The path to a bicultural reference work
From the inception of Te Ara its general editor, Jock Phillips, had a strong desire to see Māori cultural and intellectual knowledge appropriately reflected in the encyclopedia. He decided to seek advice from the Māori community, and two hui were held. The first was at Auckland University, organised by Manuka Henare. The second was at Massey University in Palmerston North, organised by Mason Durie. Taiarahia Black and Monty Soutar were important contributors. The hui recommended that Te Ara follow the Dictionary of New Zealand biography and Historical atlas models, both of which incorporated a Māori advisory committee.
Te Ara Wānanga
A Māori advisory committee was set up under the leadership of Ranginui Walker. At one of the early meetings Wharehuia Milroy made a call to arms for the committee, noting its role was ‘keeping the canoes in battle formation to reach our destination’.1 An early task of the committee was to assist in employing a Māori editor. The inaugural Māori editor was Rangi McGarvey, who was succeeded by Basil Keane in early 2005. The committee was also responsible for the name 'Te Ara' for the encyclopedia.
Wētā, ferns and treasures
Te Ara Wānanga considered a number of options for names for the encyclopedia. These included Ngā Wētā (Wētās), Tātai Hikohiko (Digital genealogies), Rarauhe Hiriwa (Silver fern), Te Mātāpuna (The source) and Te Kura Nui (The great treasure). On the final shortlist were Ngā Pakiaka (The roots), Te Awa Kōrero (River of discourse) and Te Ara Rau (The many paths). The last was chosen and simplified to Te Ara.
The committee made a decision to rename itself in recognition of Charles Royal's observation that 'Māori committee' was a ‘somewhat inelegant term’.2 He noted that the committee was like a wānanga (traditional house of learning), as it took the role of creating new knowledge. Royal suggested the title Te Ara Wānanga, and this was accepted as the new name of the Māori advisory committee.
Māori thematic content
An early decision made with the advice of Te Ara Wānanga was to spread the Māori theme out across the encyclopedia. Within each theme the general editor and Māori editor would put together a draft list of entries and run them past Te Ara Wānanga for advice. Around 170 Māori-focused entries were published overall, with the intention of eventually bringing them together as a single theme.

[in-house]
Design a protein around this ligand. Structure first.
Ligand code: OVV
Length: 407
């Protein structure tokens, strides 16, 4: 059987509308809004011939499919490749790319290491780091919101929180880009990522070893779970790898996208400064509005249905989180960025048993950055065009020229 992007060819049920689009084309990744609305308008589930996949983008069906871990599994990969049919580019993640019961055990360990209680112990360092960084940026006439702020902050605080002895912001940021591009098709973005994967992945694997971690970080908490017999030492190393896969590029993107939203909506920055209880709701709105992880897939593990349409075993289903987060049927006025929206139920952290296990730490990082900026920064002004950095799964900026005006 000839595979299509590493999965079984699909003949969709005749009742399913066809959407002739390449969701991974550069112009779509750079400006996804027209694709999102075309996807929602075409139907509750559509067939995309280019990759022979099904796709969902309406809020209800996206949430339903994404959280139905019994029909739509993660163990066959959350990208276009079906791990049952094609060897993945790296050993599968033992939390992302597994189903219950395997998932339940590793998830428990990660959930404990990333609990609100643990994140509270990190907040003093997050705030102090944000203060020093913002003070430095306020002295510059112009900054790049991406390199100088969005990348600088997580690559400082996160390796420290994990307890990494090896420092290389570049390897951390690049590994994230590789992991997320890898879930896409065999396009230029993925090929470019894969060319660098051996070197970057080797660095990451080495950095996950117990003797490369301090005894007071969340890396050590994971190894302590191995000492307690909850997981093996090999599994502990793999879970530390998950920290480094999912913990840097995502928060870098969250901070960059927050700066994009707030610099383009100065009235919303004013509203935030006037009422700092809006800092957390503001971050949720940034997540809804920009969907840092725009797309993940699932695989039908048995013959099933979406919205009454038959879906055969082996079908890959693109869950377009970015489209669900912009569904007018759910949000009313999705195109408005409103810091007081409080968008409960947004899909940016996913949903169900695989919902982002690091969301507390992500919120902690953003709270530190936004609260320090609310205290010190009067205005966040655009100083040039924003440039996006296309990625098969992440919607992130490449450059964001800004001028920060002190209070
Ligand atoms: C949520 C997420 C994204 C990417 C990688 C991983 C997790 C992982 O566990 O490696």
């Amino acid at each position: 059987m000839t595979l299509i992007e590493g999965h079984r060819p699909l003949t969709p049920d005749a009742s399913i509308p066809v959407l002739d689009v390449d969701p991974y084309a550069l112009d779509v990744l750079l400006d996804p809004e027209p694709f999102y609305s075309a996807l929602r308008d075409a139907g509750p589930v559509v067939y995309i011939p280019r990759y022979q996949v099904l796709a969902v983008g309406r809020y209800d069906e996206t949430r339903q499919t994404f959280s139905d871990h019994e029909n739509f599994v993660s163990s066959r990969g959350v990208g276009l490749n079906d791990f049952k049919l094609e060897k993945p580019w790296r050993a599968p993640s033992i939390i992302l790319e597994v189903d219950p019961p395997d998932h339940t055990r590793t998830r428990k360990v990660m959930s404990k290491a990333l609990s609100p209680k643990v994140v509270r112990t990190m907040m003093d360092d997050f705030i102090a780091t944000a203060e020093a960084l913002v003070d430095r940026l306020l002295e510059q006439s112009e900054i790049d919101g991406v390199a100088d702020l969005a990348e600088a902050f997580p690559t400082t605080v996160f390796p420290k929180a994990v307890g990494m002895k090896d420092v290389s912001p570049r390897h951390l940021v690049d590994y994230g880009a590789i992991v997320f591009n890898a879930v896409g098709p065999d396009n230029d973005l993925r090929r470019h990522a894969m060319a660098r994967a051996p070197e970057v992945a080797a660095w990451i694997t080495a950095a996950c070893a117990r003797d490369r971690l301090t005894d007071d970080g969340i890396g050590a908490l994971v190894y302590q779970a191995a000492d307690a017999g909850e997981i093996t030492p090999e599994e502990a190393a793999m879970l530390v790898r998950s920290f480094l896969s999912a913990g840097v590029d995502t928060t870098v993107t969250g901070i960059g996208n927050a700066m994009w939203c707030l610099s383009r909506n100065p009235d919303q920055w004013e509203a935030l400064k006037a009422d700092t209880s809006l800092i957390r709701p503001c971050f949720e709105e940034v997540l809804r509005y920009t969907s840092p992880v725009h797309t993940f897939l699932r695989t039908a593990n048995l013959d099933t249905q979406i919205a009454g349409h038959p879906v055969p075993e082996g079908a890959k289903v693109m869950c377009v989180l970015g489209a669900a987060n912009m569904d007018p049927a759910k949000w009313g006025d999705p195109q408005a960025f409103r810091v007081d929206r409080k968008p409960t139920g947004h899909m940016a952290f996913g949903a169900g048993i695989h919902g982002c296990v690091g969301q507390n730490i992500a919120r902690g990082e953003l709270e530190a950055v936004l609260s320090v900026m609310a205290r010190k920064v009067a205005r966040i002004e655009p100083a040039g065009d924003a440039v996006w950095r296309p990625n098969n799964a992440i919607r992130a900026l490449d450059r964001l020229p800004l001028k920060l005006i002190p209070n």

The first theme of Te Ara, New Zealand Peoples, was, as Phillips noted, about New Zealanders introducing themselves to each other. As well as entries on nationalities who settled in New Zealand, there were entries for the major Māori iwi (tribes). The Māori conception of this as expressed at Te Ara Wānanga was 'Nō hea koe?' (Where are you from?). It was decided that the Māori editor would approach iwi and ask who they wanted to write their entries. The list of entries was drawn up by Rangi McGarvey and Charles Royal before being confirmed by Te Ara Wānanga. There are 34 iwi entries, some of which include clusters of iwi.
The initial plan was to translate the entire encyclopedia. However, resource constraints meant that only entries with a Māori focus were translated. A translator was appointed and the initial set-up of translation was overseen by Te Ara Kōmiti Whakamāori (the Māori translation committee). Initially quality assurance was provided by Te Taura Whiri i te Reo Māori (the Māori Language Commission). Later, experienced external translators took over the quality assurance function. After the integration of the Dictionary of New Zealand biography into Te Ara the combined te reo (Māori-language) corpus on Te Ara was over a million words. There is no bigger corpus of historical writing in te reo Māori on the internet.